What is a Biogas Generator?

With Australians throwing out around 4 million tonnes of food every year, it is crucial that we start considering more effective and environmentally friendly waste options for a sustainable future. Enter the biogas generator, also known as a biogas digester, a concept that has been around for hundreds of years for the productive utilisation of waste products. It draws on eco-friendly and sustainable concepts to produce biogas through the breakdown of organic matter, meaning less waste and more usable products for a variety of applications. A biogas digester is like a housing system for biogas production, allowing the process to go along without unwanted interference from outside influences.

Food Waste

If you are searching ‘biogas generator’ you may also find however that there is another possible meaning - a generator which is actually run on biogas. This definition suggests that the biogas has already been created and it is now being used to power a generator, as opposed to the other meaning suggesting it is the structure which helps create biogas. Make sure you are clear when you are talking to a professional as to what you need, you don’t want a mix-up!


What is biogas?

Starting at the beginning, biogas is the gas which is produced when organic matter is broken down in an anaerobic environment - ie. an environment that is without oxygen. Biogas is made up mostly of carbon dioxide and methane and can be used in a very similar way to natural gas. Examples of organic material than may be broken down include livestock manure, plant waste and food scraps, which offers a beneficial alternative for the use of waste as opposed to the dumping of rubbish in landfills or other rubbish-collecting areas.

Biogas

What is a biogas generator?

A biogas generator, or biogas digester, is a structure that contains a large tank for the storage of organic waste matter (basically anything that can rot, besides wood, can go in there!). The tank contains bacteria that do not require air to survive, and they break down the organic waste through a temperature controlled four stage process :

  1. Hydrolysis - the first stage in digestion involves the breakdown of huge organic polymers, which are a common occurrence in organic waste. This is an essential step in anaerobic digestion, as hydrolysis breaks up fats, proteins and carbohydrates into smaller molecules such as simple sugars, fatty acids and amino acids. Some products from this stage will be used in methanogenesis later on however most will require further breaking down in acidogenesis
  2. Acidogenesis - the second stage of anaerobic digestion sees fermentative bacteria continuing to breakdown the organic waste, producing an acidic environment with traces of ammonia, H₂, H₂S, CO₂, shorter volatile fatty acids, carbonic acids and alcohols, among other things. Despite this, a lot of the polymers are still too large and unstable to be used to create methane, and require further breaking down
  3. Acetogenesis - the next step is the creation of a derivative of acetic acid, known as acetate, by acetogens from carbons and other energy options. A lot of substances created in acidogenesis are catabolized during this stage, creating acetic acid, H₂ and CO₂. Acetogens are quite clever in that they breakdown the organic matter to an appropriate level for methanogens to do their job of creating biofuel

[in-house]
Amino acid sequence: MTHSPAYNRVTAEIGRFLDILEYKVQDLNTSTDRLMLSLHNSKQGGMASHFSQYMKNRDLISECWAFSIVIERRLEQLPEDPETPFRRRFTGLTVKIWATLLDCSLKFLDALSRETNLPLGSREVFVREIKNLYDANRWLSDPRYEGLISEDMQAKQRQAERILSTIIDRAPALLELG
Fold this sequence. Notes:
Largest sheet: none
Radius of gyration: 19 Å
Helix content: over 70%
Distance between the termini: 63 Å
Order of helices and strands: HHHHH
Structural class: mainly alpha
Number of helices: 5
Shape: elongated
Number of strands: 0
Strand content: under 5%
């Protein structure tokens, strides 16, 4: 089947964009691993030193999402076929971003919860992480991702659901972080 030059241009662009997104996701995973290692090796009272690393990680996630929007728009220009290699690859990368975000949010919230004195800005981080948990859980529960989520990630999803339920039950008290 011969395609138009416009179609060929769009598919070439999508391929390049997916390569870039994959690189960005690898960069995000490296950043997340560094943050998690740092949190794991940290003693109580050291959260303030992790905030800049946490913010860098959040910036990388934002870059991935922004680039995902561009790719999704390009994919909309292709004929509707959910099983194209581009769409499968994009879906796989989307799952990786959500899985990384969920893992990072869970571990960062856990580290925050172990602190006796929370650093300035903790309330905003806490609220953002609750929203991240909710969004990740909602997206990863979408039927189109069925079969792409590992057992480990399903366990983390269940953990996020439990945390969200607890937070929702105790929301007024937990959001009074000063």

4. Methanogenesis - this is the final stage of digestion, in which some of the hydrolysis and acidogenesis products are combined with the final acetogenesis products to allow methanogens to create methane. There are two processes in which methane can be produced during this final digestion stage :

          CO₂ + 4 H₂ → CH₄ + 2H₂O

          CH₃COOH → CH₄ + CO₂

The second pathway, using acetic acid, is generally the main way to create methane in methanogenesis.

This digestion results in the production of biogas and decomposed waste. The biogas is then transferred out of the generator to be utilised in other ways and become fuel and the decomposed waste can be used as a natural fertiliser.

Who can use a biogas generator?

Anyone who has enough space for one! Due to the size of the tank needed, and the fact they are a permanent installment, biogas digesters need a bigger-sized yard to be placed in. In saying this, there are differing sizes of systems however the smallest option is still quite large. Some people even have multiple generators on their property, depending on the size of the land and the amount of biogas needed.

Farmland

What are the benefits of a biogas generator?

There are quite a few benefits to a biogas generator, but the main ones are :

  1. A large reduction in energy costs
  2. Eco-friendly use of waste
  3. Lower installation costs than other renewable energy options
  4. Lower greenhouse gas emissions
  5. Lower amounts of waste going to landfills
  6. Production of natural fertiliser

This list is not exhaustive, so do a little bit of research yourself and you will be amazed at the great benefits a biogas generator can offer your home!

Production of natural fertiliser

If you have any questions relating to biogas generators, or are curious to know if you can have one installed in your home or business, give Inoplex a call on 1300 113 782 or complete an online enquiry form today. We are a team of qualified professionals who pride ourselves on our extensive industry knowledge and experience, so contact us today and we can answer your questions and discuss the best sustainable options for you.